Transport Minister Prajin Juntong will implement "special measures" to pre-empt moves by foreign countries to ban Thai airlines due to “significant safety concerns” cited by the International Civil Aviation Organization.
ACM Prajin admitted on Monday morning that problems resulting from concerns by ICAO about the operation standards of the Department of Civil Aviation could escalate. He referred to the decision by Japanese aviation authorities to block Thai-registered airlines from adding flights or changing aircraft types next month.
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The Japan Civil Aviation Bureau apparently reacted to the ICAO's concerns and authorities are worried that others, including South Korea and Singapore, may follow suit during next month's Songkran festival when air travel typically soars.
"Dominoes start to fall and we must think what to do to delay the interval between dominoes to cushion the impact," ACM Prajin said.
The special measures will be announced soon, he added.
Meanwhile, Gen Prayut said Monday he might use powers available to him under Section 44 of the interim constitution to resolve the problem.
The National Council for Peace and Order boss did not explain how Section 44 could be used or the advantage it would have over existing bureaucratic or legislative processes, but the provision of the interim charter does give the junta leader authority to legalise changes immediately.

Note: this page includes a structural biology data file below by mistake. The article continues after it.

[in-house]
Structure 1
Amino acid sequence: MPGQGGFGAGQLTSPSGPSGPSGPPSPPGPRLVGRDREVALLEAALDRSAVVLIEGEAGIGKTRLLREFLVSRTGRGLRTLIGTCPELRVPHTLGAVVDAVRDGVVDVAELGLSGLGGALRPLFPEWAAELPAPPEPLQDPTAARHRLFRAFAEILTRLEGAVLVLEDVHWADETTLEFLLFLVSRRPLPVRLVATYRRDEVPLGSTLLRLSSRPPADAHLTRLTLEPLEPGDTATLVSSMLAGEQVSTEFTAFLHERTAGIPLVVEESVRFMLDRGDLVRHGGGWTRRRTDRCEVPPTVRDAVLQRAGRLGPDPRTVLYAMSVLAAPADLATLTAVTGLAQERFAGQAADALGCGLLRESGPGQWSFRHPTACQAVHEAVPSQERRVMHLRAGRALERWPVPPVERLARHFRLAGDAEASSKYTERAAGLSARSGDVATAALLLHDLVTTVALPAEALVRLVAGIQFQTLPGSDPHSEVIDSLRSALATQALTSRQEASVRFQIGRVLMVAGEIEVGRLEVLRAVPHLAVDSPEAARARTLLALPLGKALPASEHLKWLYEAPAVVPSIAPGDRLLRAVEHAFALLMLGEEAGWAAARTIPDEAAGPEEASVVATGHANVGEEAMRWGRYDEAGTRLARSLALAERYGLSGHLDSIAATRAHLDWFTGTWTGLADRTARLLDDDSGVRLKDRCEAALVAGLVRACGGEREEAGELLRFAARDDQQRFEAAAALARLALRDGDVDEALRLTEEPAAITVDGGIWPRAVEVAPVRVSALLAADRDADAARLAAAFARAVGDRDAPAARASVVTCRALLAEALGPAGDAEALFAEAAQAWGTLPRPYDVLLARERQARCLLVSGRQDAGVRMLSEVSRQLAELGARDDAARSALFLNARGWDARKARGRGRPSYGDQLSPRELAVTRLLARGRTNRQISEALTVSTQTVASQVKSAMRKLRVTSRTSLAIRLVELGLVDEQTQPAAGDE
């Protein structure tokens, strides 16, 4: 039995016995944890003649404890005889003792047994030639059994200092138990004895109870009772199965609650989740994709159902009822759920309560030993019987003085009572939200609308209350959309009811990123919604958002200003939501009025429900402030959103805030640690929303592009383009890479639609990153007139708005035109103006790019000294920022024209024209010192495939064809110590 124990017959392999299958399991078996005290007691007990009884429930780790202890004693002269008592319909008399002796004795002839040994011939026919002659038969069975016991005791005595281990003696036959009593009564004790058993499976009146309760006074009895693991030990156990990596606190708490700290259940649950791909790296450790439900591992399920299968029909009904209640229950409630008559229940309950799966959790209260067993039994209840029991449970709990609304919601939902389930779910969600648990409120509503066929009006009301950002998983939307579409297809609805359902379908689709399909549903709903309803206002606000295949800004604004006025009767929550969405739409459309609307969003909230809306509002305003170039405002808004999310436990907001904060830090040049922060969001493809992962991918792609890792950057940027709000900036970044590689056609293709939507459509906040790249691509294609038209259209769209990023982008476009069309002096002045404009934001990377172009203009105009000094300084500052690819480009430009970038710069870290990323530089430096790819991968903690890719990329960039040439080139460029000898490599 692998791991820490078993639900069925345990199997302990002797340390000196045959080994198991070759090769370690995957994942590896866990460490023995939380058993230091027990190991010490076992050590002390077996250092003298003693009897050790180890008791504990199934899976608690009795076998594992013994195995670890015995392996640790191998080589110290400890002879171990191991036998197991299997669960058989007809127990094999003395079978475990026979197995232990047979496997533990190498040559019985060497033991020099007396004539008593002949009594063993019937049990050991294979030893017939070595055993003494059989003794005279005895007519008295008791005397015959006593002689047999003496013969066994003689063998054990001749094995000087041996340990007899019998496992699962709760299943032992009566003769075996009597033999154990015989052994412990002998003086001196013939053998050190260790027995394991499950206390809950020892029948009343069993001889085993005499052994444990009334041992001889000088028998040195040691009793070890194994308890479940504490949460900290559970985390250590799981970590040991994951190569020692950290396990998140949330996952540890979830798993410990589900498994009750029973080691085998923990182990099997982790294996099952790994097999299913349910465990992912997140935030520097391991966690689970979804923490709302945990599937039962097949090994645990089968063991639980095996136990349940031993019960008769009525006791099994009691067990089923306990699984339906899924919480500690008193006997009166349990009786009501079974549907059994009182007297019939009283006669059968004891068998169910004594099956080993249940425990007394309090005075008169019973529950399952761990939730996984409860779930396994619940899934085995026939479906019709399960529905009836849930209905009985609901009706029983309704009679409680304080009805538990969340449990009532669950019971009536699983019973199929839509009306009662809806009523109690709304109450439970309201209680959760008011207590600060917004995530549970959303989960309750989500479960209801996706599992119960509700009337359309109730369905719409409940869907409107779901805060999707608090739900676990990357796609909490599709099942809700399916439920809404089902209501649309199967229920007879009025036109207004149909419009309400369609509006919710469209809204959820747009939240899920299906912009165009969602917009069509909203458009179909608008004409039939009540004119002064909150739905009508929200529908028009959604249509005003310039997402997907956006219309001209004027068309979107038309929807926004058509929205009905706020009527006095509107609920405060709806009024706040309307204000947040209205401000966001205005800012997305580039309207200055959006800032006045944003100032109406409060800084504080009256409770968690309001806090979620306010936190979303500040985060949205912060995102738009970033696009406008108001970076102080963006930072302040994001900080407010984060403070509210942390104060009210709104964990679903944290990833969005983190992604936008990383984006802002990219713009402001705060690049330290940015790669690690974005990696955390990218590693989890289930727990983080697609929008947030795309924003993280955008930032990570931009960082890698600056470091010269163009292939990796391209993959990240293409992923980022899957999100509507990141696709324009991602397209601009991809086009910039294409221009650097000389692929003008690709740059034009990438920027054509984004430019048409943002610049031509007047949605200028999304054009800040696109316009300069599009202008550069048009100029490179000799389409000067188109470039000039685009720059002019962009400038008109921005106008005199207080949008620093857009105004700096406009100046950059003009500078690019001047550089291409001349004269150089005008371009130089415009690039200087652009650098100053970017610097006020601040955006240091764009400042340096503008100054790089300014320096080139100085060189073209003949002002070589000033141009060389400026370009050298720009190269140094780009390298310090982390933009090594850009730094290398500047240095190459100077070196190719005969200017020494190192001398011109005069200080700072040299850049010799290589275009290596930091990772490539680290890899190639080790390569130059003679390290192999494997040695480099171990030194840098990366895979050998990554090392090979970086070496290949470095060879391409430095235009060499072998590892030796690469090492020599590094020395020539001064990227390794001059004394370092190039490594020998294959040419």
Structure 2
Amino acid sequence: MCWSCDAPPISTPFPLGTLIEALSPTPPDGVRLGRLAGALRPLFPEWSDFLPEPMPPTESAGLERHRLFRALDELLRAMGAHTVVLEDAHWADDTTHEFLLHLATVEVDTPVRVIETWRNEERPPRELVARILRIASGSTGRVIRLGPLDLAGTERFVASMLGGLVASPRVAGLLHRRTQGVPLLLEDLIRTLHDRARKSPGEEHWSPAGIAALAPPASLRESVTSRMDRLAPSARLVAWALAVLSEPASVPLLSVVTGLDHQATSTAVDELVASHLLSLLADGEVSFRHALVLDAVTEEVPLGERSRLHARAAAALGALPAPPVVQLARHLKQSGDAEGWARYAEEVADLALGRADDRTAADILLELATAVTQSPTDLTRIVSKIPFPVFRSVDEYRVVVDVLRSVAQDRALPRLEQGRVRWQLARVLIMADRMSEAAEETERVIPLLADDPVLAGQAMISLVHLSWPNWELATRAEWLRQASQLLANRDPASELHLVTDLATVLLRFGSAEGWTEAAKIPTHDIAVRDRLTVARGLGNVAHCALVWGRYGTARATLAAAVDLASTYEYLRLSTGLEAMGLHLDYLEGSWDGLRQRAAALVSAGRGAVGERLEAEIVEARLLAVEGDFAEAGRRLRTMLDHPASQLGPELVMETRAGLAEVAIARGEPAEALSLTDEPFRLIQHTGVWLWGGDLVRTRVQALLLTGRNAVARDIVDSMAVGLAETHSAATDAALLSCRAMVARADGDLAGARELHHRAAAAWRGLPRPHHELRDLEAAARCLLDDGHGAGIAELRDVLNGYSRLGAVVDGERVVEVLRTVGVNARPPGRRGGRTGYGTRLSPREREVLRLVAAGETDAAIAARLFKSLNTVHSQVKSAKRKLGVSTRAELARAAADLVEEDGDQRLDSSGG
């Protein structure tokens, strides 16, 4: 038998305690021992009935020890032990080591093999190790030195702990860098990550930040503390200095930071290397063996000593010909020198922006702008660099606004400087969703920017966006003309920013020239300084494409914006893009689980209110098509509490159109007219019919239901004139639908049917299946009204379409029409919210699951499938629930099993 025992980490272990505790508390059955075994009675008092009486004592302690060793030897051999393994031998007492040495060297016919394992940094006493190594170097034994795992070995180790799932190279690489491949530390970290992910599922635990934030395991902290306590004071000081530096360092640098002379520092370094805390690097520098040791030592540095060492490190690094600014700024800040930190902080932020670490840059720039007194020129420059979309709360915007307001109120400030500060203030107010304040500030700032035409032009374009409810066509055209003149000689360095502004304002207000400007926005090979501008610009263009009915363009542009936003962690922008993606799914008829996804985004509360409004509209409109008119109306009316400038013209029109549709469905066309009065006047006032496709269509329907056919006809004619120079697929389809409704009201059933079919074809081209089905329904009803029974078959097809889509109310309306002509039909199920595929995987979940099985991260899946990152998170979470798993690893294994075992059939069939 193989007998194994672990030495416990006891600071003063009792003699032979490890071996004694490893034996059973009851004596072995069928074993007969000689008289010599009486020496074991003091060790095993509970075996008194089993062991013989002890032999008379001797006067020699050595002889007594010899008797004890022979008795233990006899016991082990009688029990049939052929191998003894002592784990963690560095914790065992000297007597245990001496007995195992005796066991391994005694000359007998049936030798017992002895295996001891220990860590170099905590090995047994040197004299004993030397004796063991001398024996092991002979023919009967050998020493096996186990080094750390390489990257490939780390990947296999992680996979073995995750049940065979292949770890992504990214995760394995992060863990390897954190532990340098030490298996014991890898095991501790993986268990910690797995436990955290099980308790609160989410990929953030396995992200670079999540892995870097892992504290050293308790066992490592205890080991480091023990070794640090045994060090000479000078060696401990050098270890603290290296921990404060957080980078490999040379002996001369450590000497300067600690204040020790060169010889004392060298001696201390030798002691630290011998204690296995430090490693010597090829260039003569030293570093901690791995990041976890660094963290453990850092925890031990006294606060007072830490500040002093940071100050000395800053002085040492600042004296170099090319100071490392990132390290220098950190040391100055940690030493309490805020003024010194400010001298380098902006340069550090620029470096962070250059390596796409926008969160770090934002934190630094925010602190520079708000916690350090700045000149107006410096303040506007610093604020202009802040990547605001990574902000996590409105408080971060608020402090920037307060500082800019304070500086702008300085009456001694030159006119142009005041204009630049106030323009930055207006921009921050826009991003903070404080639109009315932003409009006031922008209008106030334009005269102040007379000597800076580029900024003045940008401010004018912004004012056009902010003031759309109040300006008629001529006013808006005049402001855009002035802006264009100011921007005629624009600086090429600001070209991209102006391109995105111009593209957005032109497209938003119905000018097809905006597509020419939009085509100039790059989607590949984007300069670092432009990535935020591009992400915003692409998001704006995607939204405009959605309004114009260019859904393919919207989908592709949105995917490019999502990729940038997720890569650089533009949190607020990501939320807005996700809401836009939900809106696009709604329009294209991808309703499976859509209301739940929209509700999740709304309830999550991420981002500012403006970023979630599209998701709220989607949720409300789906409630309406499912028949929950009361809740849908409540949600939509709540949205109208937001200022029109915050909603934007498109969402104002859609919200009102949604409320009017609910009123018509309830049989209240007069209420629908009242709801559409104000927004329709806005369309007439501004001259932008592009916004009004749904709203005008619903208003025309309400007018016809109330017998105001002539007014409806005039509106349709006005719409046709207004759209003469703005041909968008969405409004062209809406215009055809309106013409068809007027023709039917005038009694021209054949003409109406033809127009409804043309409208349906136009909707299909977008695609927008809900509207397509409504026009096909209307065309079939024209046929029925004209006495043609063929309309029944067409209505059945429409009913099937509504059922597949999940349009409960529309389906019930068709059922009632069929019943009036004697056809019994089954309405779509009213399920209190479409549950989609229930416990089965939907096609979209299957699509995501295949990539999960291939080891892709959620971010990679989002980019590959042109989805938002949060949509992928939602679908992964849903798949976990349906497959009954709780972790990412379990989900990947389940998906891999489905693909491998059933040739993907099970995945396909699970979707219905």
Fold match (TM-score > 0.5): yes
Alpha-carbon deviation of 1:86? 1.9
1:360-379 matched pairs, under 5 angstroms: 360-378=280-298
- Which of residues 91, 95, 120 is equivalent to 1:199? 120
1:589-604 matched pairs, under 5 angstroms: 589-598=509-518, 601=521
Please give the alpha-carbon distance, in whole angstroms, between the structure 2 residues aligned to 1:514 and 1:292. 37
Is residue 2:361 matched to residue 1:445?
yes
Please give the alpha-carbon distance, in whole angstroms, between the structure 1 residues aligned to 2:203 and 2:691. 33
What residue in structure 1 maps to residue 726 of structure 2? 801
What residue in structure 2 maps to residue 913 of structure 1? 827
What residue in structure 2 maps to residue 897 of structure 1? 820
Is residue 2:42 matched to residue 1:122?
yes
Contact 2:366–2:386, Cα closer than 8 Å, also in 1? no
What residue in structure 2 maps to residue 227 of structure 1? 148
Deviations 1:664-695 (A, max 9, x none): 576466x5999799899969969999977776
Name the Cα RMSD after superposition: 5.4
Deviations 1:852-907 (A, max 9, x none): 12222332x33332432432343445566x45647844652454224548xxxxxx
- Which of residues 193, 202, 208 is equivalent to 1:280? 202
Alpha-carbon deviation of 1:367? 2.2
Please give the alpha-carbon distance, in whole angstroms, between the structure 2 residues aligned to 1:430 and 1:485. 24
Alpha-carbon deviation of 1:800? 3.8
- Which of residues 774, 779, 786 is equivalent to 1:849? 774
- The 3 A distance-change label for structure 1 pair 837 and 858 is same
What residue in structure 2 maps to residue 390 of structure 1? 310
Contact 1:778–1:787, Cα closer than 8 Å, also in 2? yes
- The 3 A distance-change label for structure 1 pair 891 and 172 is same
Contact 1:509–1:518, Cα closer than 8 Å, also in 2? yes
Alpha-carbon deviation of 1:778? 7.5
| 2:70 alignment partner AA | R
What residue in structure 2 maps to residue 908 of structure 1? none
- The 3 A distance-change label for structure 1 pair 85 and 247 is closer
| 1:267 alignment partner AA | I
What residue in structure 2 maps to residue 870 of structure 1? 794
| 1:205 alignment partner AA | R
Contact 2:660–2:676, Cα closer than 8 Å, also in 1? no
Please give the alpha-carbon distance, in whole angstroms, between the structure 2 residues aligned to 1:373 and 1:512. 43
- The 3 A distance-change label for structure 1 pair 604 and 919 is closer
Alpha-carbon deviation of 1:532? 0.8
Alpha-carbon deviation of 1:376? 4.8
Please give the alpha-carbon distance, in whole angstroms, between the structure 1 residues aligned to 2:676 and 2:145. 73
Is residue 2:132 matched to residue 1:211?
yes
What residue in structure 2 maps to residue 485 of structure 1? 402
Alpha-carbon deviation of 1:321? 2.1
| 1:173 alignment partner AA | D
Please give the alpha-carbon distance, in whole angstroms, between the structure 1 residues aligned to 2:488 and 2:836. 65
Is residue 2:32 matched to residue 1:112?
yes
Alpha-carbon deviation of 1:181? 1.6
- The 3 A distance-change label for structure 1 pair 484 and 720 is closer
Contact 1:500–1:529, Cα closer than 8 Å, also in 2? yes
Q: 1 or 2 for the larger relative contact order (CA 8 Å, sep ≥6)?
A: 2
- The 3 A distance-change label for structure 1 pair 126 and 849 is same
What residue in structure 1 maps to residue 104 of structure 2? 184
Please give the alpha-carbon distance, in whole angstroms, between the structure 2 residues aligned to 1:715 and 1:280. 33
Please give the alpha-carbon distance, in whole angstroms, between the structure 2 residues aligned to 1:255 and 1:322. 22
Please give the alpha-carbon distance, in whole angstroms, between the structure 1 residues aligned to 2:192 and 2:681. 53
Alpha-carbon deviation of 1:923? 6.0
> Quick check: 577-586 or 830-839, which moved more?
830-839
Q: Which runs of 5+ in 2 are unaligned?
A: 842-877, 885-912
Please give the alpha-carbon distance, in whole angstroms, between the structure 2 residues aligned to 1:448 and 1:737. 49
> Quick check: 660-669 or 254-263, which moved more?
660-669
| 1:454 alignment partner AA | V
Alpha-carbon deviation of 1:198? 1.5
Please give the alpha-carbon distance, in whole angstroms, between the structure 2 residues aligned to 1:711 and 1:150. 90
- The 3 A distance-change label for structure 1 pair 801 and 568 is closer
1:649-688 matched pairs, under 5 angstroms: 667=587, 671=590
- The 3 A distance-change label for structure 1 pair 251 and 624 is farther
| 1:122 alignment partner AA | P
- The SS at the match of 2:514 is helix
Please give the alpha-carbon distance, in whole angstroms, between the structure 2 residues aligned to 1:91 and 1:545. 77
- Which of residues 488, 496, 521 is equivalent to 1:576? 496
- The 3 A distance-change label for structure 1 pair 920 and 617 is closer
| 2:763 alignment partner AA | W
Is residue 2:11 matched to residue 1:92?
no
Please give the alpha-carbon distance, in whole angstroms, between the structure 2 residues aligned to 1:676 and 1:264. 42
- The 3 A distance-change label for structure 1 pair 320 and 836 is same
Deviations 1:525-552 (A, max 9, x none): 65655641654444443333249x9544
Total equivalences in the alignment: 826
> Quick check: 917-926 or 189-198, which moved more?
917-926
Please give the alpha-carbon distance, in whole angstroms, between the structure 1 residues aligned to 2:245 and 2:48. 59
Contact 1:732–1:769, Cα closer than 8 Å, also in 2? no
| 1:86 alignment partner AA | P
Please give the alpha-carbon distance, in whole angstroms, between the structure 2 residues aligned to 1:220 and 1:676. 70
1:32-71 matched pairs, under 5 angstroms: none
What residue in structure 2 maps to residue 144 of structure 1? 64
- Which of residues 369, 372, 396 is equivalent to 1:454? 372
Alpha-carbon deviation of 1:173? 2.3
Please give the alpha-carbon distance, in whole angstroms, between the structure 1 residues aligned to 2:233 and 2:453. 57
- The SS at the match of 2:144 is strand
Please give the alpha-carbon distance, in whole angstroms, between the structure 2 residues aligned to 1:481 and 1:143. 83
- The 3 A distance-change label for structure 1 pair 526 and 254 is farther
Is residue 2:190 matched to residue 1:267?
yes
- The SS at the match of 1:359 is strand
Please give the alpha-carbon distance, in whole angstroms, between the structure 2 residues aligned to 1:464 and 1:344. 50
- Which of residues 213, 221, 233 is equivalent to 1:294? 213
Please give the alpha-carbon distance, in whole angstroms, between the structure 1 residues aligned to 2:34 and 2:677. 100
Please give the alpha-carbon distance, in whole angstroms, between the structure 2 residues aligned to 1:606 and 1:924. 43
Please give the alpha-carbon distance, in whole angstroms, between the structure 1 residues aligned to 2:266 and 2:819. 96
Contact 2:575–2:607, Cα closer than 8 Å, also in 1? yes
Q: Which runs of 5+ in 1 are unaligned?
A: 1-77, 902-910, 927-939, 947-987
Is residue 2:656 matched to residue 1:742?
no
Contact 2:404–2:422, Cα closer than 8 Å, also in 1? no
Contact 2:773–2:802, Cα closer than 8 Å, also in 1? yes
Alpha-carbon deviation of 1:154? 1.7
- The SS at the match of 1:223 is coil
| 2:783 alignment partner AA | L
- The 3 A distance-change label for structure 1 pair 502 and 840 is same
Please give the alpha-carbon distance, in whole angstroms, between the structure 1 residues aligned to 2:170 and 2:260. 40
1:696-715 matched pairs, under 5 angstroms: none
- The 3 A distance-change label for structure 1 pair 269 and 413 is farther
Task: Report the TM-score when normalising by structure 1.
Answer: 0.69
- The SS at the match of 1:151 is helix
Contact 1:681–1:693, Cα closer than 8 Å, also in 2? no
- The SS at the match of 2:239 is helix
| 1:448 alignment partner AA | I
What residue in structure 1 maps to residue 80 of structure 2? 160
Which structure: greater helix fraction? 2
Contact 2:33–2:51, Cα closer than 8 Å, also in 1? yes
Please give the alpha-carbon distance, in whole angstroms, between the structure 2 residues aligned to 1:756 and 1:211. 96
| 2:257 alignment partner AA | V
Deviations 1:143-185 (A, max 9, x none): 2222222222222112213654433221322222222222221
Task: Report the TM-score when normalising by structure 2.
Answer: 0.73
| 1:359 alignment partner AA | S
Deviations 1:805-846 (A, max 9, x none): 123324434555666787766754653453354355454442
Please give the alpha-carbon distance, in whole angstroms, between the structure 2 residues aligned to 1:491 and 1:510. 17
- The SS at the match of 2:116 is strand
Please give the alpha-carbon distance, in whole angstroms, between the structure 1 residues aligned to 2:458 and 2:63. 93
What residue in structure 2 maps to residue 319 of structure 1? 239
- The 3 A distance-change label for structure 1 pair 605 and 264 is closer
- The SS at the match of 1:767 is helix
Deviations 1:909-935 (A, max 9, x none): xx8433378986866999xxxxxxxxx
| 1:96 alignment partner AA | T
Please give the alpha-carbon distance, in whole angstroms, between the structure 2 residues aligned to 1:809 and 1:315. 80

Gen Prayut said he will form a special committee headed by the transport minister to fix flaws at DCA to satisfy ICAO, with one solution being that the committee will hire foreign experts to ensure certification standards for Thai airlines.
Section 44 could allow for committee formation and action faster than under normal Thai bureaucratic procedures.
The ICAO specified that safety concerns it found in a January audit dealt mainly with air operator certification, issuing of operation specifications and hazardous goods transportation certification. It also objected to the DCA's two-year implementation of a corrective action plan that would separate its roles as air transport regulator and operator of 28 regional airports.
Gen Prayut admitted that Thailand has no one to blame but itself for the current crisis, but noted that it normally could take considerable time to amend of relevant laws and regulations and train personnel responsible for aviation certification.
The prime minister also said he ordered concerned organisations to compensate people who already reserved air tickets on banned flights.